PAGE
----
UPDATE: A winner of the August Amazon Gift Card Giveaway has been emailed! Congrats, Renee C!
“God’s hand that holds the ocean’s depth can hold my small affairs. His hand, which guides the universe, can carry all my cares.” ~Amish Proverb~
Bonnet books (Quaker, Shaker, Puritan, or Amish) are bestsellers in the Christian fiction world, and many readers are especially fascinated by the Amish. They wonder how the Amish can withstand the call of modern culture with all its conveniences, entertainment options, career opportunities, expensive activities, varied clothing choices, and remain content with plain living.
Are the Amish happier, more fulfilled, and deeply satisfied because of their lifestyle? What’s their secret?
A sweet devotional book, Amish Values for Your Family by Suzanne Woods Fisher, reveals these “secrets” by sharing vignettes from the daily lives of typical Amish families.
As I read the book, I found myself admiring the Amish commitment to family and community. Several stories along these lines touched my heart. I loved reading about 101 year-old Cora, who was able to live in the same house where she and her husband were newlyweds because of the tender care of her grandson’s wife, Mary. In a small way, their story brought to mind Ruth and Naomi.
Mary was not actually related to Cora, but embraced caring for her, spending time with her, singing to her. And Cora’s whole family was with her in the end, surrounding the bed and singing her favorite hymn as she met the Lord in eternity.
My 81-year-old mother lives with me, but I do not care for her alone. Because of the volunteers at Meals-on-Wheels and some young aids from Office of the Aging, I’m able to teach full time at a Christian high school. I’m glad my mom can be with me and live as she chooses. But my mother’s life and mine have been very different, and it’s easy to overlook her opinions and suggestions as an out-of-touch old person’s attempt to stay relevant. This quick two-page story reminded me that Mom and I share the same roots and a common heritage. And that is what can bring us together.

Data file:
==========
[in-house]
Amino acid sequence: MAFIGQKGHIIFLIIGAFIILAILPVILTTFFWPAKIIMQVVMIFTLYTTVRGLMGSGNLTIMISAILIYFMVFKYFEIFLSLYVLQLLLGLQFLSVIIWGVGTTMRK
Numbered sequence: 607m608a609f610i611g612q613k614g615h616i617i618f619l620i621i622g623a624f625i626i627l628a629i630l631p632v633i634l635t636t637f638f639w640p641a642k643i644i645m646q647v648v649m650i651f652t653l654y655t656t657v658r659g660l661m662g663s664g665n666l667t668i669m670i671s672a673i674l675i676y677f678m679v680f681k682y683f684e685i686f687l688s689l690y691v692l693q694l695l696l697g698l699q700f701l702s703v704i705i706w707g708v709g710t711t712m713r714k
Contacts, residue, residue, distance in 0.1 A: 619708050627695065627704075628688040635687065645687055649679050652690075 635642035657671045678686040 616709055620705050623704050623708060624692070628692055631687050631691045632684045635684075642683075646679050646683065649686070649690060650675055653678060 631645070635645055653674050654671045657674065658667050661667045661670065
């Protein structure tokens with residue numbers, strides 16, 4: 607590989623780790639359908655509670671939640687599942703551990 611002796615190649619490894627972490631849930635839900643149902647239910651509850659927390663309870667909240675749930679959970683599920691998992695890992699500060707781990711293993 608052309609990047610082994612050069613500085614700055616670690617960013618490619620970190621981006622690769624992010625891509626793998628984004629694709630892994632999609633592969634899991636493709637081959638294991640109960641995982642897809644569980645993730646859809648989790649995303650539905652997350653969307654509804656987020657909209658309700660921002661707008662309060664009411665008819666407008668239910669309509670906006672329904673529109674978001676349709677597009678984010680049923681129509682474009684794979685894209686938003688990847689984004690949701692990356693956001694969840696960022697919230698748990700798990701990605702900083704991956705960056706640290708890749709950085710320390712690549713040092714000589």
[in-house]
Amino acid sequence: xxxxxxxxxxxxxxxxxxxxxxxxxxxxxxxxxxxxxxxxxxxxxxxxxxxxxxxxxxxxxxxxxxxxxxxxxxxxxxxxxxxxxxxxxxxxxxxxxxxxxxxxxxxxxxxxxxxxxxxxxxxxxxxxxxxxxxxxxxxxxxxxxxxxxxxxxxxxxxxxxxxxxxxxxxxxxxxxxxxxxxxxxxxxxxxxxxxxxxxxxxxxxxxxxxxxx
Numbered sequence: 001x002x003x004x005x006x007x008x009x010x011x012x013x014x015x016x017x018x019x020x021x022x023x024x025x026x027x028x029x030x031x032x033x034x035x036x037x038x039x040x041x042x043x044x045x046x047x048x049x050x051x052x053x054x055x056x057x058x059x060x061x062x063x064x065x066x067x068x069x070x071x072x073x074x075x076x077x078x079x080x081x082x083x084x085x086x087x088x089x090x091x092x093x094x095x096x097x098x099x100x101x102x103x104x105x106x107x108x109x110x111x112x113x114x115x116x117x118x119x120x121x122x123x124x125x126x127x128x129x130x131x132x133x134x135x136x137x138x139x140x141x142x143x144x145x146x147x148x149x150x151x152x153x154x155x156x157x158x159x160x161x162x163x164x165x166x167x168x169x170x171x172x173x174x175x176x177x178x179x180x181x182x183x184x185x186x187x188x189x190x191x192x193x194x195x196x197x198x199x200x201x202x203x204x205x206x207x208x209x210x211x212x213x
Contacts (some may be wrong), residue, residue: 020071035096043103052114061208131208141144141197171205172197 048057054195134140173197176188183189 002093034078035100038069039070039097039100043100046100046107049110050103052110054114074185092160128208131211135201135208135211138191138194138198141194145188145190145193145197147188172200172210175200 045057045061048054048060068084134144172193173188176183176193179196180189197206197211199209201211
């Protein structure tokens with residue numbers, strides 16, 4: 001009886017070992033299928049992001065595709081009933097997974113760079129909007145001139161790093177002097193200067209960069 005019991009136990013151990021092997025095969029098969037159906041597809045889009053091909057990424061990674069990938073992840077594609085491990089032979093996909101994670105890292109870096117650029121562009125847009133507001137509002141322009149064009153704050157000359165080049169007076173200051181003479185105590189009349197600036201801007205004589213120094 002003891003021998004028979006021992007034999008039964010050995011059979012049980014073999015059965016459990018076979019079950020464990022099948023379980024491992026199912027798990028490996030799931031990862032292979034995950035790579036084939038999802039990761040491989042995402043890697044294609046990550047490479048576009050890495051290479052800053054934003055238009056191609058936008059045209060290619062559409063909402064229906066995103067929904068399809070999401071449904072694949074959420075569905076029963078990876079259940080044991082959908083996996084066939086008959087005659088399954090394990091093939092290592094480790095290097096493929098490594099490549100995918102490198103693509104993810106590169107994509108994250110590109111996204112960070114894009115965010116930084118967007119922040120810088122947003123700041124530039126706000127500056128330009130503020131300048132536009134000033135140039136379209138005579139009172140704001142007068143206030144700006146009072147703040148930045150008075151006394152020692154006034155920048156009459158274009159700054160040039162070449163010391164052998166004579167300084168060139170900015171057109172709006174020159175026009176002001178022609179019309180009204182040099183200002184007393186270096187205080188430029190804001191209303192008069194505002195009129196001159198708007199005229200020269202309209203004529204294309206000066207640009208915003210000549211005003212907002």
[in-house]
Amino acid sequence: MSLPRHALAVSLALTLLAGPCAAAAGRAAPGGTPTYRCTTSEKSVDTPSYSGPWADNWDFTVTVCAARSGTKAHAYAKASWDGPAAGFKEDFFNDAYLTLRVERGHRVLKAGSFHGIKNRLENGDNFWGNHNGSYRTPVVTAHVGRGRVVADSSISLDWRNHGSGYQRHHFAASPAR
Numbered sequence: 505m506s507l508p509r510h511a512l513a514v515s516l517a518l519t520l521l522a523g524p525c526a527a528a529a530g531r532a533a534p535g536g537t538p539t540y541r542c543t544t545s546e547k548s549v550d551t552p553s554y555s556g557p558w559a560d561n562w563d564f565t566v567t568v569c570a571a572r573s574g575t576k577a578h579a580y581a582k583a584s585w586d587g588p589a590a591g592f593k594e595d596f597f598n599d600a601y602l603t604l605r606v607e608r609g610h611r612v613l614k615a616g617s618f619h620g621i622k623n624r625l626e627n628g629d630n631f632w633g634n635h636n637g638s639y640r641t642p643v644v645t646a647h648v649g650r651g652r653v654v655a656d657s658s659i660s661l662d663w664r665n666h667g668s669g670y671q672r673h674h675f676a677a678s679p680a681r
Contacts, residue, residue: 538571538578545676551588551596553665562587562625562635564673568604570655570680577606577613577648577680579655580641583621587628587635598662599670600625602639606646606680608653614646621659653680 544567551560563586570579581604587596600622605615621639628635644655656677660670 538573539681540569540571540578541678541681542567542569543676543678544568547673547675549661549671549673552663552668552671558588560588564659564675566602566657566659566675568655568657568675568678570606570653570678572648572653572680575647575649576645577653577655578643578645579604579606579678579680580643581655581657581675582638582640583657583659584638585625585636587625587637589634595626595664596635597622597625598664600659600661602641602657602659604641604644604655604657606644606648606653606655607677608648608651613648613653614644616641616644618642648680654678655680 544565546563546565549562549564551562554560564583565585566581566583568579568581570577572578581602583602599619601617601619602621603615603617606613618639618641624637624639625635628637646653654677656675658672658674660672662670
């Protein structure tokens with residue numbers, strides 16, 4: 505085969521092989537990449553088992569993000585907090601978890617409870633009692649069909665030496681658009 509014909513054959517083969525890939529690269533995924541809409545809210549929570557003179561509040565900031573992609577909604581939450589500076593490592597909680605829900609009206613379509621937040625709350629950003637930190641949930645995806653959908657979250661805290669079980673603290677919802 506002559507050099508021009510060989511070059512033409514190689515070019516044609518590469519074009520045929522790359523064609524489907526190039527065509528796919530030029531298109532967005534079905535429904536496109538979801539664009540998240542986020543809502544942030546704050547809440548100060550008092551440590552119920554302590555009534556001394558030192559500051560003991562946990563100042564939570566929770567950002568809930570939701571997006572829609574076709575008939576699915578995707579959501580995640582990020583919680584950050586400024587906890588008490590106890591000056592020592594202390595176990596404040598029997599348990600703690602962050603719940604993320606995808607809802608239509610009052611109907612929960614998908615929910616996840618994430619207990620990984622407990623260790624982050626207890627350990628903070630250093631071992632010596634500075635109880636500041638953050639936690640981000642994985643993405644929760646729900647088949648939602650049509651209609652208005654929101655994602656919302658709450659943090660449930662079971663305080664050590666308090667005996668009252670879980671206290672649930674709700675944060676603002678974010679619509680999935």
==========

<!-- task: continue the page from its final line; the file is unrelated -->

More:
This chapter exhorted me to . . . “Never lose sight of the fact that old age needs so little, but it needs that little so much.”
Also from the book: “The Amish provide a tremendous example of care and commitment to the elderly. Aging parents don’t go to nursing facilities; they are cared for at home. Right to the end. Imagine the sense of security an elderly Amish has, to be loved and values, by their own family, right to the end.”
Suzanne Woods Fisher is a bestselling author of Amish fiction and non-fiction and the host of a weekly radio program called Amish Wisdom, found at this link. Her book The Waiting is a finalist for a 2011 Christy Award. Amish Peace and Amish Proverbs were both finalists for the ECPA Book of the Year (2010, 2011).
Her interest in the Amish began with her grandfather, W.D. Benedict, who was raised Plain. Suzanne has a great admiration for the Plain people and believes they provide wonderful examples to the world. When Suzanne isn’t writing or bragging to her friends about her first new grandbaby, she is raising puppies for Guide Dogs for the Blind. To Suzanne’s way of thinking, you just can’t take life too seriously when a puppy is tearing through your house with someone’s underwear in its mouth. You can find Suzanne at this link.
***Thanks to the publisher and to Litfuse for providing this book for me to review. You can purchase this book and others by following this link to Suzanne’s Amazon Author’s Page.